Monday, 30 March 2015

Orchha - Pranpur - Chanderi



We thought we were headed for a quiet Holi getaway to Madhya Pradesh. Orchha-Pranpur-Chanderi. We anticipated the grandeur of the Orchha palaces and a restful Holi in the mango orchards. But were completely unprepared for the breadth and depth of experience that Travel Another India and Gouthami curated for us.

Four days and a flood of stories, sights and encounters. Sample some:

-        A guest house walled in by mango trees, designed and managed by farmers, village scientists and community-tourism entrepreneurs. The Amraee quickly made us their own. It has swept all awards possible for responsible rural tourism. The Bundeli thaali served on Holi swept us into a minor culinary exploration.

-          A day-long tour of Chanderi (one must spend three to fully immerse in the stories of its 300+ historical monuments). My favourite was the walk through Sadar Bazaar - an ancient market frequented by Khilji rulers and Mughal royals and chronicled by Ibn Batuta.

At its prime, the Bazaar was a three-tier retail hotspot - the lowest tier of shops for customers on foot, a second level for consumers on horseback, and the highest storey for royal shoppers on elephant back. The same goods were sold at three different price tags for the three customer segments. A super example of inclusive commerce!

-       A drive through sandstone quarries to the 1000-year old Nanoun caves. We spotted crocodiles sunbathing on the banks of the river Urvashi. And witnessed the chronicling of life through cave paintings from the chalcolithic age. Across the banks, not far away, lay burial grounds from the Mesolithic age.
Cave Paintings in Nanoun
River Urvashi had crocodiles on its banks!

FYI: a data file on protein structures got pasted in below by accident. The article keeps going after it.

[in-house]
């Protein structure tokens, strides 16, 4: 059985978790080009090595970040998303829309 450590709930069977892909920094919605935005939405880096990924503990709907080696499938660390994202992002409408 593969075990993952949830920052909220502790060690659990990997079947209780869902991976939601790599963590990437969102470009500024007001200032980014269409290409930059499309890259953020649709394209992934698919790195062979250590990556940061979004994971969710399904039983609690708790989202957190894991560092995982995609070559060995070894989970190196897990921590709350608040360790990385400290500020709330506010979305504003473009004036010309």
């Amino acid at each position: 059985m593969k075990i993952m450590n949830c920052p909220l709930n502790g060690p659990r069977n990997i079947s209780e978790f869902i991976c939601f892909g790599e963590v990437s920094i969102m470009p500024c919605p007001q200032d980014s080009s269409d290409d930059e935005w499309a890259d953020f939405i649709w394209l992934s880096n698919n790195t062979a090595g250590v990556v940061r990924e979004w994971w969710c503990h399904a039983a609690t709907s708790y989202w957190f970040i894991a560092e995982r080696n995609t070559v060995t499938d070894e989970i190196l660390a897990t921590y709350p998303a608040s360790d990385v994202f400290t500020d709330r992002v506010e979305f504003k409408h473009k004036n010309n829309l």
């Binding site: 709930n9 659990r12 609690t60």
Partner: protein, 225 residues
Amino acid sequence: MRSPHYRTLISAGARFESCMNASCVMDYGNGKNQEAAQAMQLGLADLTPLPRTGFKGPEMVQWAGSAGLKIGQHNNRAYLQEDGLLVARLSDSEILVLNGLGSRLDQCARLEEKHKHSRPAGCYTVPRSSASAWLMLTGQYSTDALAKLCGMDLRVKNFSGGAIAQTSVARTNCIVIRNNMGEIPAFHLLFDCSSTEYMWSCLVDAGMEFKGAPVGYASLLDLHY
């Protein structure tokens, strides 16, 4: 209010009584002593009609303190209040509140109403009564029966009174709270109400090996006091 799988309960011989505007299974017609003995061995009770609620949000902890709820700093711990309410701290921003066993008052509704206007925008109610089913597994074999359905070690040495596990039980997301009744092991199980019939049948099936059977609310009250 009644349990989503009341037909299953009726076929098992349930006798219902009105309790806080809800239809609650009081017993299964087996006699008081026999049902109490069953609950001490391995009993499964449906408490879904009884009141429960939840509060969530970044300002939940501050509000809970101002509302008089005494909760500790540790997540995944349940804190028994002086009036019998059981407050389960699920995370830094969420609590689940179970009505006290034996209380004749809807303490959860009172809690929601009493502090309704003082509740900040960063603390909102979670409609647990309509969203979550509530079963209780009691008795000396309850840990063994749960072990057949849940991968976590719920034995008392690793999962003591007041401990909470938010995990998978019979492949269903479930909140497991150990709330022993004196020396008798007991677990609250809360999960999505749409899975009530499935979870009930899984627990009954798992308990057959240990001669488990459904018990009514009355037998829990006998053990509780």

-    A walk across Asia's largest earthen dam that submerged 85 villages (all re-settled in Chanderi) and temples and palaces of the 14th and 15th century. When the waters of the Betwa recede in June, the submerged monuments re-emerge, with paintings on their walls still undiminished. Massive flocks of migratory birds conference on the lakes of this dam. You need to be here at sunset.
 
Sunset from the Rajghat Dam
-          Lunch in the balcony of a 13th century royal hunting lodge, ensconced in the winding ghats and forest's of Katighati. The verandah flanks out into a massive lake with boatmen plying iron boats. Here, Babur's troops had taken shelter for months and planned their strategy of attack on Chanderi. Here, we ate guava curry, and fish freshly fried on the banks of the lake.
 
Lake of the Royal Hunting Lodge

14th Century Royal Hunting Lodge
View from the Lunch Table

-          Conversations with metal workers, potters and weavers. A family of metalworkers invited us into their home in Pranpur and walked us through the intricacies of their practice - a forgotten metal art form, which has probably not been documented. Mud over wax moulds through which molten metal is poured and baked in earthen ovens. The two layered mould is then cooled and cracked open to produce intricate metal jewellery. Do not contest the prices fixed by the village tourism council for this master craftsperson’s wares. Because you pay not just for the product, but for an art form that may disappear in the next decade of your life.
 
The Charkha in Pranpur

Weaving the Chanderi fabric in Pranpur

-          And finally the showstopper- an impulsive plunge into the flowing, rocky pools of the river Betwa with Surendra bhai and his daughters, who are part of Friends of Orchha - a network of village home stays in Orchha. The extended frolicking in the cold waters delayed us by several hours to the next spot on our map. But did we care?

Betwa River in Orchha
The oxygen that breathed colour and life into our trip was the indomitable Kallebhai. A school drop-out, self-taught, barefoot historian, who has published four books on the history of Chanderi, and is at the forefront of working with UNESCO to have his town declared as a World Heritage City. If not for anything else, visit Chanderi to just hear his story of life entrepreneurship.

Oh! And we did play Holi under the mango trees. And purchased a Chanderi stole or two. Thank you Travel Another India for this largess.

Manisha Gupta
March 2015
  
The Mango Orchard at Amraee Guest House

Doorway of the Jama Masjid in Chanderi - the designs continue to inspire the weavers!

My favourite- children of the 1000-year old village, nestled among stone quarries, play holi with adandon and chase us with cowdung balls in their hands